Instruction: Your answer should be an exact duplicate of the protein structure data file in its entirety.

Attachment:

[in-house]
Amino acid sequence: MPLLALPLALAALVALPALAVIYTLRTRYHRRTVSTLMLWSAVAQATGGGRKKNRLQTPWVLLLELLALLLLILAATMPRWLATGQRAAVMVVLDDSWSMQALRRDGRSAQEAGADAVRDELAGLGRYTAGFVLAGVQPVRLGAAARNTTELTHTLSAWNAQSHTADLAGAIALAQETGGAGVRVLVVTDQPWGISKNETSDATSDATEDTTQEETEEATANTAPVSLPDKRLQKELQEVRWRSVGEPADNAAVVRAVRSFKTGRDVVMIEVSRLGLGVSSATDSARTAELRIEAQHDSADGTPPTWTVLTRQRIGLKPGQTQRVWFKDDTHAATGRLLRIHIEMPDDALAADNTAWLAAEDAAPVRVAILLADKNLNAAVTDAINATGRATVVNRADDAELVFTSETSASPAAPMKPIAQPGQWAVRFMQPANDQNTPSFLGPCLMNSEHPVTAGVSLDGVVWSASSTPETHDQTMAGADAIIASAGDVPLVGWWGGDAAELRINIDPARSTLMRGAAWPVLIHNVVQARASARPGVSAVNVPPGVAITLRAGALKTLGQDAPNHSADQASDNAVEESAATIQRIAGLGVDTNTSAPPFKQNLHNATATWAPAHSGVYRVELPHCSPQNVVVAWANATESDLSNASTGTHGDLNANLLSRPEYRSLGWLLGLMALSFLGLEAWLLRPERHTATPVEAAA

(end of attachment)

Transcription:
[in-house]
Amino acid sequence: MPLLALPLALAALVALPALAVIYTLRTRYHRRTVSTLMLWSAVAQATGGGRKKNRLQTPWVLLLELLALLLLILAATMPRWLATGQRAAVMVVLDDSWSMQALRRDGRSAQEAGADAVRDELAGLGRYTAGFVLAGVQPVRLGAAARNTTELTHTLSAWNAQSHTADLAGAIALAQETGGAGVRVLVVTDQPWGISKNETSDATSDATEDTTQEETEEATANTAPVSLPDKRLQKELQEVRWRSVGEPADNAAVVRAVRSFKTGRDVVMIEVSRLGLGVSSATDSARTAELRIEAQHDSADGTPPTWTVLTRQRIGLKPGQTQRVWFKDDTHAATGRLLRIHIEMPDDALAADNTAWLAAEDAAPVRVAILLADKNLNAAVTDAINATGRATVVNRADDAELVFTSETSASPAAPMKPIAQPGQWAVRFMQPANDQNTPSFLGPCLMNSEHPVTAGVSLDGVVWSASSTPETHDQTMAGADAIIASAGDVPLVGWWGGDAAELRINIDPARSTLMRGAAWPVLIHNVVQARASARPGVSAVNVPPGVAITLRAGALKTLGQDAPNHSADQASDNAVEESAATIQRIAGLGVDTNTSAPPFKQNLHNATATWAPAHSGVYRVELPHCSPQNVVVAWANATESDLSNASTGTHGDLNANLLSRPEYRSLGWLLGLMALSFLGLEAWLLRPERHTATPVEAAA